13 December 2012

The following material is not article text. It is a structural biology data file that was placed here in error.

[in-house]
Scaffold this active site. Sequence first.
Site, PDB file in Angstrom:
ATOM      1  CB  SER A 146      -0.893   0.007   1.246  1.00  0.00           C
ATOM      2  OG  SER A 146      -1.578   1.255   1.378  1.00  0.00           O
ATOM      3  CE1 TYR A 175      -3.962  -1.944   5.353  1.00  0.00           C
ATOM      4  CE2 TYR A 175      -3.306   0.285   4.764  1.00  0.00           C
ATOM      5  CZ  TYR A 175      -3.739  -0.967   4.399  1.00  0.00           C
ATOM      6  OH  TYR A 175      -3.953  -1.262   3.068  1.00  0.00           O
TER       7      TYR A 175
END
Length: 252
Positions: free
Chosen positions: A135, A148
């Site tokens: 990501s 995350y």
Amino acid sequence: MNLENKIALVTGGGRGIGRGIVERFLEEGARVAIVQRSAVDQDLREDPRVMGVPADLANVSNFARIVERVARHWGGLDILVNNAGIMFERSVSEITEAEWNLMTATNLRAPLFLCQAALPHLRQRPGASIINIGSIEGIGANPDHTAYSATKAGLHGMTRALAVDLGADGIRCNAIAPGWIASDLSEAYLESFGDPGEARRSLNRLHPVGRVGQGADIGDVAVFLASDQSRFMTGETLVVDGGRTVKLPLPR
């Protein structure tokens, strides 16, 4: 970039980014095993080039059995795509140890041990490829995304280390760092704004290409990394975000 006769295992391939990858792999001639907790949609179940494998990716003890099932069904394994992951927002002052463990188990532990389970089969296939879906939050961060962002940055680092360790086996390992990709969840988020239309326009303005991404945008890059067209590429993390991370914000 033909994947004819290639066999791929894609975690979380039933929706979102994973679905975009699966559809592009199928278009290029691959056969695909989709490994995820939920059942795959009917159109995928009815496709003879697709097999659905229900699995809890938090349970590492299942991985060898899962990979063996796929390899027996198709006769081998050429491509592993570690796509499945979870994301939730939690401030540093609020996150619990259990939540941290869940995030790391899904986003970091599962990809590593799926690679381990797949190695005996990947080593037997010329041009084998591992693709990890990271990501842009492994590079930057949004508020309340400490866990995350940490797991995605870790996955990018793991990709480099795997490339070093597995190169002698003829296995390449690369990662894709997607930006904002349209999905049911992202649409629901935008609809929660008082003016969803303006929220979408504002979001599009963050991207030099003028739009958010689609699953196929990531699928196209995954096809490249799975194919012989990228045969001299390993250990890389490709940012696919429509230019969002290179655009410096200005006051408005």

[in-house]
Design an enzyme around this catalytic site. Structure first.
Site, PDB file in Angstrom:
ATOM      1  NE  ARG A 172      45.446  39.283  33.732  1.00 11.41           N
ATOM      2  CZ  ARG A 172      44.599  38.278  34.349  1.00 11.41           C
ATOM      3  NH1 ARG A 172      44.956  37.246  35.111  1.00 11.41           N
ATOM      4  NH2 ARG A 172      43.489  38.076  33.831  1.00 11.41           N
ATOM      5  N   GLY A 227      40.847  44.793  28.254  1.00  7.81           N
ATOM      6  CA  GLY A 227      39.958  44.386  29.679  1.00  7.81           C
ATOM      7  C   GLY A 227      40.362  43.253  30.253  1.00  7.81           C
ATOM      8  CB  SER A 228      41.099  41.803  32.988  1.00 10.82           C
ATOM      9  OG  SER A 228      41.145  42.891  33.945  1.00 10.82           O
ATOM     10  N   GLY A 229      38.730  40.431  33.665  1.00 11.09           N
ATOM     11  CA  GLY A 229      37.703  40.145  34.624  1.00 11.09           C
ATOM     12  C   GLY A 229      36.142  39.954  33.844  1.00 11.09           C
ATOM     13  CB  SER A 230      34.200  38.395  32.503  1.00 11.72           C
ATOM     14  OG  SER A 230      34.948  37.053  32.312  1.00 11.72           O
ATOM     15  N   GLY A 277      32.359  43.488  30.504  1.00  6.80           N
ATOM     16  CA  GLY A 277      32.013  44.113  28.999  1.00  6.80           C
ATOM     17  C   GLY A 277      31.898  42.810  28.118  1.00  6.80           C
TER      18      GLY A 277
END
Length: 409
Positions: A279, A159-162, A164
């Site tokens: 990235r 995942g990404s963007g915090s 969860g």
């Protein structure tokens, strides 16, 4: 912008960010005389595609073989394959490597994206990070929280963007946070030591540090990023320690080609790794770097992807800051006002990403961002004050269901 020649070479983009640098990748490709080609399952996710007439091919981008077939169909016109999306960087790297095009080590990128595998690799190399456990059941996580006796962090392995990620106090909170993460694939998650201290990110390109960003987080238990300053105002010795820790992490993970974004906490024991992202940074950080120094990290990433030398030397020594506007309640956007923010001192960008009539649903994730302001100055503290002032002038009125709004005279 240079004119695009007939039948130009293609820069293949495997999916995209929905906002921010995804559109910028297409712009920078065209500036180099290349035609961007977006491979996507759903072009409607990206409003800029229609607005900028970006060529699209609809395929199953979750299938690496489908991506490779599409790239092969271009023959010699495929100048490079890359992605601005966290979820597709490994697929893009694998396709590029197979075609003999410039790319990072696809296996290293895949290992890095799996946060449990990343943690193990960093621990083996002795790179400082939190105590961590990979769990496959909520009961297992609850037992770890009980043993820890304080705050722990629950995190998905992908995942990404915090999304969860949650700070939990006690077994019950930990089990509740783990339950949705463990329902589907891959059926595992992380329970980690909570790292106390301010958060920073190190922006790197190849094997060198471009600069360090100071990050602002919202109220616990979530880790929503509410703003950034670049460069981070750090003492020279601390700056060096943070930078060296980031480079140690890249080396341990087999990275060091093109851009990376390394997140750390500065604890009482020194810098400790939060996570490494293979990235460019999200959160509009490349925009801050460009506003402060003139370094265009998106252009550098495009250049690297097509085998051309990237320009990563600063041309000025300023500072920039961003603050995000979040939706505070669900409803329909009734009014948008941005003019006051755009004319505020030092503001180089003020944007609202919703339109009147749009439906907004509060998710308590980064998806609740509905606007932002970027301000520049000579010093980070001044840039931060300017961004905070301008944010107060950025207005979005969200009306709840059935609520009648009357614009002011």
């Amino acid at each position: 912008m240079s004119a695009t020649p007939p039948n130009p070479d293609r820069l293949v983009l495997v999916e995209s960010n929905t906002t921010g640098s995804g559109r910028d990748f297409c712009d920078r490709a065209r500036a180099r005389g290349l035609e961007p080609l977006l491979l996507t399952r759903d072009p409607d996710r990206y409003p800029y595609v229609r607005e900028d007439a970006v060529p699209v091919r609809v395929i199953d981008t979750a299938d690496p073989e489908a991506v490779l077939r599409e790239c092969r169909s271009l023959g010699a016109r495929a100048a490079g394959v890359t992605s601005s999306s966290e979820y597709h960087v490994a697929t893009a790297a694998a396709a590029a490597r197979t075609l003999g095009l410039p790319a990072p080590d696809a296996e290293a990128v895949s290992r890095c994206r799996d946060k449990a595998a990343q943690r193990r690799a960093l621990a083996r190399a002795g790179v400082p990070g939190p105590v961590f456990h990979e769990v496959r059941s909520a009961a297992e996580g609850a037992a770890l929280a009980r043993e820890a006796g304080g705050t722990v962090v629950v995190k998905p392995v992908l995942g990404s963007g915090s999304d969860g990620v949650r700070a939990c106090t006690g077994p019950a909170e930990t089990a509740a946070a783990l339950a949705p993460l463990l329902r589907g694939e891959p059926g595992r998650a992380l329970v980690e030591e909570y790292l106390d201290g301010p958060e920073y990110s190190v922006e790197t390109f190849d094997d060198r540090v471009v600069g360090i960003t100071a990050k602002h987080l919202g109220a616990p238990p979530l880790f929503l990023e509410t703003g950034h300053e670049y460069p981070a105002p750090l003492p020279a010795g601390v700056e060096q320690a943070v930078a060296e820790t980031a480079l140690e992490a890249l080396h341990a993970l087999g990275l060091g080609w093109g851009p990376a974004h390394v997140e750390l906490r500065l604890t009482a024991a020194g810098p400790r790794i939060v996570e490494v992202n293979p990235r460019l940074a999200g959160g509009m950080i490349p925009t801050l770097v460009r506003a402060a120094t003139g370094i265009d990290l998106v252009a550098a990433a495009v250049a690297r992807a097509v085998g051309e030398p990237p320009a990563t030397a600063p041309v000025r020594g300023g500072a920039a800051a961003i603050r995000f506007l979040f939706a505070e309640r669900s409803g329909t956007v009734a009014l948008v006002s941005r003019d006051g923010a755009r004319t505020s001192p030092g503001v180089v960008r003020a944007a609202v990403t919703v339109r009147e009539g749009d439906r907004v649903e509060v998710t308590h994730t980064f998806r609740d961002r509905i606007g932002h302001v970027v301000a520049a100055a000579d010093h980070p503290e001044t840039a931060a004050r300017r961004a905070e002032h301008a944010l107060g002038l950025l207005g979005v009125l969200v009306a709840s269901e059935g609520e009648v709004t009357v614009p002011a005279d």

Reporter: We are so pleased you could sit down to answer a few questions for us. Maestro: Not at all. My pleasure. R: You have recently come forward to acknowledge your role in creating – and correct me if this is not a fair description – perhaps the most widely performed ballet of all time. M: That is correct. My reputation, of course, is wrapped up with this one work. But only my closest friends knew about it. They insisted I “come forward” as you put it. To receive the credit they thought I deserved. R: Can you tell us a little more about this work? M: Certainly. It is performed by amateur and professional companies, and by beginners and seasoned dancers. R: And the movements, I understand, are exquisitely suited for a spectrum of abilities. M: Yes. The movements are both simple and elegant – and take into account improvisational elements. R: That is fascinating. How did you come to design this dance? M: Hours and hours of watching. R: I think you are being modest. M: Not at all. Just hours of observation, refining my vision, and then seizing the opportunities as they presented themselves. R: And I understand there is no music. M: That’s right – another tiny innovation of mine that… R: And... Sorry to interrupt. There is also no applause – and this is across all cultures? M: O, yes. It’s a worldwide phenomenon. It’s been quite moving actually – there is an almost sacred silence surrounding this artistic endeavor. I have to confess, though... R: Yes. Go ahead. M: Sometimes I am tempted to stand up and applaud. But, I stop myself - given the strong conventions of silence that have established themselves. R: I have a confession, also. I have to confess that before now - before meeting you - I was not a big fan of ballet – I’ve heard of The Firebird and The Nutcracker, and something about After Tea with a Faun, of course. M: You mean, I think, The Afternoon of a Faun – debuted by Nijinky, quite a scandal. R: My bad. And before we go off the air – we almost forgot to mention the name of your wonderful ballet. M: Indeed. The title is: Danseurs d'étirement et réglage leurs jambières. R: Sounds beautiful. But I’m so sorry Maestro, I don’t know French and probably most of our listeners don’t either. Could you translate for us? M: Certainly. Dancers stretching and adjusting their leg warmers. R: Maestro, thank you so much for taking time out of your busy schedule – I understand you will be present at two other performances this very evening. M: That's correct. R: Thanks again, Maestro. M: My pleasure.